I looked back toward the 2 small bulls and they had fed over a little nob. I moved parallel to them staying below a small shelf. I made it about 100 yards and popped up onto the shelf, arrow nocked, but there were no elk. I waited 5 minutes before giving up and turning my back to glass the meadows behind me. I felt something staring at me and I slowly turned to see the 2 bulls staring intently at the out of place stump. The stare down continued for 5 minutes before they decided I was harmless. They both started feeding, head down, in the 2 foot tall grass and I ranged them at 53 yards. I dialed my slider on the bigger bull and drew back. Less than an hour into the hunt and a broadside shot at a feeding bull.

From: Ucsdryder
11-May-18

Ucsdryder's embedded Photo
After they started to wander off over the ridge. I met them on the other side.
Ucsdryder's embedded Photo
After they started to wander off over the ridge. I met them on the other side.

From: Ucsdryder
11-May-18

Ucsdryder's embedded Photo
Ucsdryder's embedded Photo

From: Stoneman
11-May-18
nice recap and something to read on a Fri afternoon, thanks for sharing

From: Ucsdryder
11-May-18
I let down as I heard a bugle behind me. Not a squeal, a bugle! The movement caught the bulls’ attention, but they were young and dumb and slowly moved off, looking back at me as I walked over to see what had bugled. I got out of the trees and spotted tan 500 yards away. Bulls are usually easily identifiable to the naked eye, big bulls even more so. One of the elk dwarfed the other elk and when I put up my binoculars it was obvious who made the bugle. He was big and ornery and showing his dominance over the smaller bull. If the little bull got within 20 yards of the big bull he would chase him off and give him a horn. I watched them for 10 minutes plotting my attack. I had my plan.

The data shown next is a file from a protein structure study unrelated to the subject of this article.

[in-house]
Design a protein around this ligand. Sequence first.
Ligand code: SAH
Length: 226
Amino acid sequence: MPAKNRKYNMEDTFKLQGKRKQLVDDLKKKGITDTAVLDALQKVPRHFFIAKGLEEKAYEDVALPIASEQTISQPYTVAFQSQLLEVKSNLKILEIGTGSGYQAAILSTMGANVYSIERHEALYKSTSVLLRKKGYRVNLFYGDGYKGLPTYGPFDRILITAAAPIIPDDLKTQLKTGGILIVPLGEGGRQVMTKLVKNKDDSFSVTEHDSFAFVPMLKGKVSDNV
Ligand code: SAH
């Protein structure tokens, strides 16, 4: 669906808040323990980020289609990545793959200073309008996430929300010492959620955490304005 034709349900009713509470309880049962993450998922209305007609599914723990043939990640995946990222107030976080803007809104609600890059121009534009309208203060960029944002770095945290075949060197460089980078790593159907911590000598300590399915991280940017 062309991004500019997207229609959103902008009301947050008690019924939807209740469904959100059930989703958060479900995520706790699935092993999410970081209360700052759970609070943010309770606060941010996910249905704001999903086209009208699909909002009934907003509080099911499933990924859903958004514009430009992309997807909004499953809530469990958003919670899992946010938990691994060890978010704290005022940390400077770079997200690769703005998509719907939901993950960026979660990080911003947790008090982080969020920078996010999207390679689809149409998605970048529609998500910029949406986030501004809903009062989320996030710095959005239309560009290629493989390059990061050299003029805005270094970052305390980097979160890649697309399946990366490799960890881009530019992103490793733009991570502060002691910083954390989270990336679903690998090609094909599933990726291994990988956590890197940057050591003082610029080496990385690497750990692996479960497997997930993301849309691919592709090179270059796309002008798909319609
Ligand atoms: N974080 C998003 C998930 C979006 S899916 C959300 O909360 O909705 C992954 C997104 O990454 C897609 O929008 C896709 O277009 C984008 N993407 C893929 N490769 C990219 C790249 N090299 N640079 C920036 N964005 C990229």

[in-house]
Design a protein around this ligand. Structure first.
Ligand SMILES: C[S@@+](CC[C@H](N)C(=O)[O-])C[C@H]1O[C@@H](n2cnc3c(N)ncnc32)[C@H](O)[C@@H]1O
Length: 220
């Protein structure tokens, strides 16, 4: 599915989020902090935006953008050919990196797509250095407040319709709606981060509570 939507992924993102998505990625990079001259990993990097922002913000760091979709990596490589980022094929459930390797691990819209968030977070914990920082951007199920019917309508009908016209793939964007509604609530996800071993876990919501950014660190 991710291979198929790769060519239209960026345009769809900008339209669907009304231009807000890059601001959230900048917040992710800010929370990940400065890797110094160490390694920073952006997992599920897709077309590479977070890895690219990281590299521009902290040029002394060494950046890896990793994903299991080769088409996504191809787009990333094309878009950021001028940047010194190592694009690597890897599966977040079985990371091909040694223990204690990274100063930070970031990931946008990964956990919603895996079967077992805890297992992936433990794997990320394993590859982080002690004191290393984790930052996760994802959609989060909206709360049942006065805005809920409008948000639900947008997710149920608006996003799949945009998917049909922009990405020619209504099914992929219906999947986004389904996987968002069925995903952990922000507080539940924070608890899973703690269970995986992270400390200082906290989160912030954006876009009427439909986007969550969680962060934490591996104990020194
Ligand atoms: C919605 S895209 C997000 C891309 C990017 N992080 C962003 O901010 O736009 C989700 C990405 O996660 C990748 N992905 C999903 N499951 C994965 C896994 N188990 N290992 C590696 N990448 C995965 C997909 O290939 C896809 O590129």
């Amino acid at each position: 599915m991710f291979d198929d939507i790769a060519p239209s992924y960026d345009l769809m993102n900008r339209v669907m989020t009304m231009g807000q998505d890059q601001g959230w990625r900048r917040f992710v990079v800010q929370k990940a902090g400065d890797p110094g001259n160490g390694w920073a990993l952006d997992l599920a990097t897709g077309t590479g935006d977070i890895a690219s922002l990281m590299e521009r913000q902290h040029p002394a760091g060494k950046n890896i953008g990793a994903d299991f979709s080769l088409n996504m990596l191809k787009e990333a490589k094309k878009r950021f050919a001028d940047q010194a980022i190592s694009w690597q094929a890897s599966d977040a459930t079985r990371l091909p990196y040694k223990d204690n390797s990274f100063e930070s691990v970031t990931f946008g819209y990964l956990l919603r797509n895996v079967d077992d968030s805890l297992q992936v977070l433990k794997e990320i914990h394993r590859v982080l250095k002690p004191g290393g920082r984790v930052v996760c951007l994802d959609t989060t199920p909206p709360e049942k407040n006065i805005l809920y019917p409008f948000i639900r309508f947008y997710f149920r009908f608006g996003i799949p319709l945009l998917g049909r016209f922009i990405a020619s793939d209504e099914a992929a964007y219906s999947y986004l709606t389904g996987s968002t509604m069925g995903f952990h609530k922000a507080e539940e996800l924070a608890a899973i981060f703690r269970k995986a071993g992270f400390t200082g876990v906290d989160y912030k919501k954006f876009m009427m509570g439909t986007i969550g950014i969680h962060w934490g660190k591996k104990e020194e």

If I stayed 20 yards into the trees, I could move unseen to their elevation. He was 30 yards out in the meadow and based off his display of dominance I was confident that a bugle inside 50 yards would result in a pissed off bull looking for a fight! The thermals would blow straight down past the bulls as long as I stayed inside the trees. I threw out a bugle to see what he would do. He immediately bugled back followed with a long string of grunts. Oh man it’s on!!!!

From: Ucsdryder
11-May-18
I bombed down the hill not worrying about noise. The plan was to let him hear me move quickly down the hill and then throw out a bugle and rake a tree. As I got close I moved to the edge of the trees and saw the bulls, but I needed to move down 75 more yards and it was on like donkey kong! I took two steps and an explosion, a spike elk, confused by what I, was stared at me from 15 yards away. He was ugly as could be and about ready to completely mess up my plan. I threw out a mew to settle him and the big bull bugled at me from the meadow. I could see the spike starting to calm down, as he hadn’t smelled me or seen me and he was believing my mews were legit.

Just as I started to think my plan might not get ruined by this ugly little bastard, there was a stampede. The spike was at the edge of the herd, which was bedded in the timber, right where I was going, and where my thermals already went. Elk were literally going in every direction and I counted close to 50. I couldn’t believe my bad luck. To this day I am convinced that big bull was dead if those cows hadn’t been there. Oh well, 1.5 hours in and I’ve had two solid chances!!!!